School teacher Martha Bankcroft, 29, was surprised to discover more than a ton of coal buried beneath dense weeds in the garden of the Bristol home she shares with husband Gareth, a local Community Support Police Officer.
The couple moved into the terraced Victorian property in mid-March and last Sunday set about clearing the back yard of decades of rubbish when they made their startling find.
‘Martha was jumping up and down like a mad thing,’ Gareth, 31, told our Science correspondent Oliver Flimwell by telephone. ‘I thought she’d been stung or something, so I runs over and I sees she’s got like a big lump of something very black and dirty in her hand. I made her put it down so I could carry out my investigations on Google and Wikipedia and I confirmed that it’s definitely some sort of coal.’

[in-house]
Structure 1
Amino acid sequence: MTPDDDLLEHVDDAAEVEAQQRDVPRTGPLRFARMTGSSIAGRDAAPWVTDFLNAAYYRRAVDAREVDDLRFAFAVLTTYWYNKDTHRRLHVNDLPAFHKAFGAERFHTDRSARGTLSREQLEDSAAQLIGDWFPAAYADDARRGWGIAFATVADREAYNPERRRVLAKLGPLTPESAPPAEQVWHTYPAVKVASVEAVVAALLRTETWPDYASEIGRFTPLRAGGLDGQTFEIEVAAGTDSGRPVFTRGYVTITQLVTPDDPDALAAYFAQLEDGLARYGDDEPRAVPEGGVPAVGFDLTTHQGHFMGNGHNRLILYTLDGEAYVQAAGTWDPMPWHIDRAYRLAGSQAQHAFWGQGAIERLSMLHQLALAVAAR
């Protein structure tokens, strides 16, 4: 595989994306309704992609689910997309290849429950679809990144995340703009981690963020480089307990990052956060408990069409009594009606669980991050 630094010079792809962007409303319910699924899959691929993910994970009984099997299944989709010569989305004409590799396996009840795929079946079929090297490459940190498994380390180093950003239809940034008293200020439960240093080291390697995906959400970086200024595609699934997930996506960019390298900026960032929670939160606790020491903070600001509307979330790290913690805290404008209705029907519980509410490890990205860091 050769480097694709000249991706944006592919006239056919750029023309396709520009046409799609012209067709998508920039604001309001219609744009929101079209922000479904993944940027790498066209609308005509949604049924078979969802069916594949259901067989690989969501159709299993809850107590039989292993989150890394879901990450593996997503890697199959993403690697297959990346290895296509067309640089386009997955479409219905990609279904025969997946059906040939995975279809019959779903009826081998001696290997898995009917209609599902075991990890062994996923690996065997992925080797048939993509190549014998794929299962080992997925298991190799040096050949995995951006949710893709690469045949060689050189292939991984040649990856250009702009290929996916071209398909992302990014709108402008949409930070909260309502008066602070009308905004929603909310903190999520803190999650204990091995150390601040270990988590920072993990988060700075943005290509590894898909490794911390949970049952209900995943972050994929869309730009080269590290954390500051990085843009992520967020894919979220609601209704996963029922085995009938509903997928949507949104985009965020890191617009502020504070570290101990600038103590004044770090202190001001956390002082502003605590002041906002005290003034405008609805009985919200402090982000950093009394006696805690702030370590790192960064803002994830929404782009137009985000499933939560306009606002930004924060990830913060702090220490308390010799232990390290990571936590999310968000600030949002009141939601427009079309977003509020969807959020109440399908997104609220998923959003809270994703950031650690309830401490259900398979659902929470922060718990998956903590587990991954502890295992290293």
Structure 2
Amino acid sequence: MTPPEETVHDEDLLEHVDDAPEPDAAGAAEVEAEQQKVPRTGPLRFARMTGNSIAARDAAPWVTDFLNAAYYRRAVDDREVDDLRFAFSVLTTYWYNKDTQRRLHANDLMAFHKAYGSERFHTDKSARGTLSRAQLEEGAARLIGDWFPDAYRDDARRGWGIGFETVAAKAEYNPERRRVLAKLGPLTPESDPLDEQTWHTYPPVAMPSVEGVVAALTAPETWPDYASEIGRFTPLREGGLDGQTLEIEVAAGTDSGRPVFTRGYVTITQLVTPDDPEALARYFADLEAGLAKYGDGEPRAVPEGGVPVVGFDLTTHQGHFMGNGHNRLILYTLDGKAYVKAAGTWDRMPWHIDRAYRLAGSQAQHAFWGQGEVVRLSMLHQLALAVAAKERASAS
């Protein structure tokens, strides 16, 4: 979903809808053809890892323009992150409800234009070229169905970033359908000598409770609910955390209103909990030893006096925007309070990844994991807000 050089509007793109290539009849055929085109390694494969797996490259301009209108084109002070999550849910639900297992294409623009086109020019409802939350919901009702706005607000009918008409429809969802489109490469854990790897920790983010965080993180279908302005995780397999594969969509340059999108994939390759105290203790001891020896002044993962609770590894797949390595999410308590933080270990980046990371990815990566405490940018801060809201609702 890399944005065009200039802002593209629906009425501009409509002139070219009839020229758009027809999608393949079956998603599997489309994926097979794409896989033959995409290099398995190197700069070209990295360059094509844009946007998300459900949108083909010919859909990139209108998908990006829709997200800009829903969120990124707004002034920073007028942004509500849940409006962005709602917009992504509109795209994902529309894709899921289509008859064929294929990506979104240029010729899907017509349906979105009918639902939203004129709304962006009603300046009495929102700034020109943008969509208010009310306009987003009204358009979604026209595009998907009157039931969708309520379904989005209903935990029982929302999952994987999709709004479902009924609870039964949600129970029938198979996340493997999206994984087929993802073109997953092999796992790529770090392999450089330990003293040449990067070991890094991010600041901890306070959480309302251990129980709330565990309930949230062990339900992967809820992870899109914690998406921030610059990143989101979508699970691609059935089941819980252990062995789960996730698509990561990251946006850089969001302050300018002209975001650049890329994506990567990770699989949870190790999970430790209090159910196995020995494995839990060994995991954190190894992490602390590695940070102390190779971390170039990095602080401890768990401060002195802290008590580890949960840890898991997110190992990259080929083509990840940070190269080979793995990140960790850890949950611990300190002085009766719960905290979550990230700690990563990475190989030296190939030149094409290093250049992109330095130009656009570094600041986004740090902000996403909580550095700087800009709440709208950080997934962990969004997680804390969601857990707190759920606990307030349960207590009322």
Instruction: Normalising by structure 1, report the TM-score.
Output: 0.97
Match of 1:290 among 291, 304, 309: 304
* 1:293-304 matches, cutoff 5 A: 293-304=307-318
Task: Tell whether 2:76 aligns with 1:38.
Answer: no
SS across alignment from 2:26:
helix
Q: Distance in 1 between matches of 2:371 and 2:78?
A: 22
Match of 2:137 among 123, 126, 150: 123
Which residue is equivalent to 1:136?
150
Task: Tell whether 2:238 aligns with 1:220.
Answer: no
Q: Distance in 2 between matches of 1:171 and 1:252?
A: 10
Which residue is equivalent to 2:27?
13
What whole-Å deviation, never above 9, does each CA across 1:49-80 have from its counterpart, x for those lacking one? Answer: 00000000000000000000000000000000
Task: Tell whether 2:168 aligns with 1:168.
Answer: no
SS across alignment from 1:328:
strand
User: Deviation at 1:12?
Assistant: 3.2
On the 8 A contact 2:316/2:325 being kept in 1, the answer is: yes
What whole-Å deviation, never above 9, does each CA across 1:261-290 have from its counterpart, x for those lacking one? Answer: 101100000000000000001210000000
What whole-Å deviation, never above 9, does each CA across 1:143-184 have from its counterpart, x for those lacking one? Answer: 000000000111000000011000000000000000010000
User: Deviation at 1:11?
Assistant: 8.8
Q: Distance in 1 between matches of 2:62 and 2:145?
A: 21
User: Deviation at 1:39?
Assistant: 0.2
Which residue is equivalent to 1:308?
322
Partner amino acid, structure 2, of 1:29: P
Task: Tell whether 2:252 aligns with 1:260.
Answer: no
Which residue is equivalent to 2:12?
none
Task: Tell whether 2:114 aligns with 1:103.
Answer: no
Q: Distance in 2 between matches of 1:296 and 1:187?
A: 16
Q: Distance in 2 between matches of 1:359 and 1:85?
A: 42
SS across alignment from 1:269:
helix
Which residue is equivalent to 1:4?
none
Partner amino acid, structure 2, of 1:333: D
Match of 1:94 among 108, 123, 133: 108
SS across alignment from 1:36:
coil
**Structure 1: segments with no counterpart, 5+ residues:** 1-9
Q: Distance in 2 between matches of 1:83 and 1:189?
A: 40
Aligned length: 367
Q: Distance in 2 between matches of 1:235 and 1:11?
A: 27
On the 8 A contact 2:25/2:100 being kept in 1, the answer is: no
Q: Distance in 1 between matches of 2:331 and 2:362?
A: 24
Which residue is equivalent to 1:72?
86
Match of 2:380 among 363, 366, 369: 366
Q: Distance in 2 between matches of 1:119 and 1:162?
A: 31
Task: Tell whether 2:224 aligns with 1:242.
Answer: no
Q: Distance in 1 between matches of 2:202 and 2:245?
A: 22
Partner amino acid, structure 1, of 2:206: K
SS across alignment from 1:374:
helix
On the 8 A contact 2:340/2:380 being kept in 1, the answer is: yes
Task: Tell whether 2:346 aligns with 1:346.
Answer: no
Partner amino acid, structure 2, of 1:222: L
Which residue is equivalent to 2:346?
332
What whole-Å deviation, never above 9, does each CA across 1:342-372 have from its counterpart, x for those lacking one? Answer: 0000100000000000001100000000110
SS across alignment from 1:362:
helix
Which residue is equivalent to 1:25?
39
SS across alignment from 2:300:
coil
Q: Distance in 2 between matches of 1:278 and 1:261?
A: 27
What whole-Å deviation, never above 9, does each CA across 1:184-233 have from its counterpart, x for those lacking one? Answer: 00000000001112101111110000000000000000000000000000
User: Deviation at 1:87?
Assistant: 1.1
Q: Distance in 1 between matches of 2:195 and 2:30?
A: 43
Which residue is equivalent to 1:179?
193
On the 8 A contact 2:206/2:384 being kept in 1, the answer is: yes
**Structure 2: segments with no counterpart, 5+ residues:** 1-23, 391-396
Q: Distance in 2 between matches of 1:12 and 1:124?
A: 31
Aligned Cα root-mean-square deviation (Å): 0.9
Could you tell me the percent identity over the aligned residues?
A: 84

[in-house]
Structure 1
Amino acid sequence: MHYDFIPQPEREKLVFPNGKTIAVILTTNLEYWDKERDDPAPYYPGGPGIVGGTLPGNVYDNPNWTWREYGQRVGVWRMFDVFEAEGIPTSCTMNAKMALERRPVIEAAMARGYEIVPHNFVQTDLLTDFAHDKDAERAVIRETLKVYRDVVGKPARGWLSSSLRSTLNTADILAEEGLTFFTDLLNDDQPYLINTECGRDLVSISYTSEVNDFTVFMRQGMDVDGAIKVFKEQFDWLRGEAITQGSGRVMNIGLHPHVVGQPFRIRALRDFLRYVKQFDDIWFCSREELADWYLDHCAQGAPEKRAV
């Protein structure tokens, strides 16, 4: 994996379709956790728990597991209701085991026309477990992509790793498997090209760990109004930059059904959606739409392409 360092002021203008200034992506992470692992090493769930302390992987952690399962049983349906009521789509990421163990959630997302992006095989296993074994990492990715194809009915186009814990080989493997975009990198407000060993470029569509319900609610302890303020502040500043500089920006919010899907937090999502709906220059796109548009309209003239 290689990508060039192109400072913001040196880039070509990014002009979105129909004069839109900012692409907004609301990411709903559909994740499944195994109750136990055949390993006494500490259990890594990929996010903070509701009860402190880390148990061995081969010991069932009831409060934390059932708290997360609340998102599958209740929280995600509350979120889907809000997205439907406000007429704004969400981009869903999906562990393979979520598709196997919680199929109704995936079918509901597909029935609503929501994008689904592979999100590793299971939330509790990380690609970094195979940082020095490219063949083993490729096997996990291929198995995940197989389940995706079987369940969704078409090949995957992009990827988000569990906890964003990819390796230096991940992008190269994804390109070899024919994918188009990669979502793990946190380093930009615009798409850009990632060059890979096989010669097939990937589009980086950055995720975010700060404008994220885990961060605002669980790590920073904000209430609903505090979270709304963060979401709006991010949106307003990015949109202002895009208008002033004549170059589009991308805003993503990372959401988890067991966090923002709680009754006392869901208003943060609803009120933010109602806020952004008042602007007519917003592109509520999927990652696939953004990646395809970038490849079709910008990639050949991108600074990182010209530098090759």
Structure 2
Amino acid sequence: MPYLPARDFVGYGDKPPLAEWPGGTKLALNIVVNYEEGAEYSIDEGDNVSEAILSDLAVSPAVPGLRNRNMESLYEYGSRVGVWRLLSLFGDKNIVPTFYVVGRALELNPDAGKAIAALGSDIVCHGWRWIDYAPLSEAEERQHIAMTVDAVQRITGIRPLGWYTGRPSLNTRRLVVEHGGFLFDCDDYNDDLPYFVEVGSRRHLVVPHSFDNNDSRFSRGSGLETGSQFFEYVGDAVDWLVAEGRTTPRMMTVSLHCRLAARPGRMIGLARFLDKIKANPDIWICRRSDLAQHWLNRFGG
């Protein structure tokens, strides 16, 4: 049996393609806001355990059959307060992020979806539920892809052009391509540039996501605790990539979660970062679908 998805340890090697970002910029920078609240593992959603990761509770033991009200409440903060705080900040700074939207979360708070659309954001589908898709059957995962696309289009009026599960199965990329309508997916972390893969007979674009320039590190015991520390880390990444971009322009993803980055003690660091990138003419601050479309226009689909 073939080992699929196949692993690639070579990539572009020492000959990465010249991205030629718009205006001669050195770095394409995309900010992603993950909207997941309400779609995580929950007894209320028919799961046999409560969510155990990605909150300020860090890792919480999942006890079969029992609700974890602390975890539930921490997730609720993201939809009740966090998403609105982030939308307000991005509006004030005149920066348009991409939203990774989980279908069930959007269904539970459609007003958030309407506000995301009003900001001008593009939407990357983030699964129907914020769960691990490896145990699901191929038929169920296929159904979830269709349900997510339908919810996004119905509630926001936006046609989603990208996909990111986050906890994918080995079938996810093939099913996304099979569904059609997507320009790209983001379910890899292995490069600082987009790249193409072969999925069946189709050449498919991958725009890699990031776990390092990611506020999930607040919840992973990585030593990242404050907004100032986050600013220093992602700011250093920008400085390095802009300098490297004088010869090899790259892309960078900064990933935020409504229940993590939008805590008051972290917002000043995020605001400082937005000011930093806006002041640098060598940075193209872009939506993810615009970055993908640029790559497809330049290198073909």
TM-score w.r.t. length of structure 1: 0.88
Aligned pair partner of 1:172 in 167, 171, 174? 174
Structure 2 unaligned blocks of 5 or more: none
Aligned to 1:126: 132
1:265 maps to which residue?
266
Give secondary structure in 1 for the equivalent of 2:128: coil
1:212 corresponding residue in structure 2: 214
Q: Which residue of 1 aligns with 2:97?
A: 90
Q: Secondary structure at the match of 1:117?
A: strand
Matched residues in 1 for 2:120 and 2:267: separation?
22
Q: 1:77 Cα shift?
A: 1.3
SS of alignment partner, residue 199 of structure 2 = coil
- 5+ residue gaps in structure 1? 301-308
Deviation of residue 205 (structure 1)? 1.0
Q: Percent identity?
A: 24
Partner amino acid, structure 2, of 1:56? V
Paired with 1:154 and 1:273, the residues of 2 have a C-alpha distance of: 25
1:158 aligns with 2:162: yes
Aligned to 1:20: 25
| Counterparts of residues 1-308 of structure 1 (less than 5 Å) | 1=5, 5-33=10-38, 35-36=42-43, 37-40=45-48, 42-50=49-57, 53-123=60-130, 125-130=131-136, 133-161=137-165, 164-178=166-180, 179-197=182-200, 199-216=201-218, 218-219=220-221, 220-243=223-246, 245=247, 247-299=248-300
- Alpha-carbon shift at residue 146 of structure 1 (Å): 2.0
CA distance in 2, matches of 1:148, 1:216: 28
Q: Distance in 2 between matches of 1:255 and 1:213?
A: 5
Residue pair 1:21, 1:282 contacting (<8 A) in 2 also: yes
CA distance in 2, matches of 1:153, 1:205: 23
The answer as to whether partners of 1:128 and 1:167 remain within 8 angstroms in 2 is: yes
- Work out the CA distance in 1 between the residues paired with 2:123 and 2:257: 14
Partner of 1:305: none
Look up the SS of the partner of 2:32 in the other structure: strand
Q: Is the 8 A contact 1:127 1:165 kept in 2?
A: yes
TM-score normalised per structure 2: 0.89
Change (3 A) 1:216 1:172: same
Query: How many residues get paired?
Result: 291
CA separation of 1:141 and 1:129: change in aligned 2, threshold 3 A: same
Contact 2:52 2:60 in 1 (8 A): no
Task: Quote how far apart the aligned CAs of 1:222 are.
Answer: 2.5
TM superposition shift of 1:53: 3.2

Gareth’s 90 year old grandmother Alice Siggs suggested they burn it in their sitting room fireplace. After some initial reluctance, Gareth finally tried what he considered to be his nan’s daft idea but was amazed to see the coal burst into flames.
‘I honestly thought “no way” that’s going to burn it’s so old, but it really did,’ said Gareth,
‘We reckon like, as the cottage was built in 1858, that coal must be at least 160 years old, yet it still burns just like new. I can’t wait to tell the lads down the station.’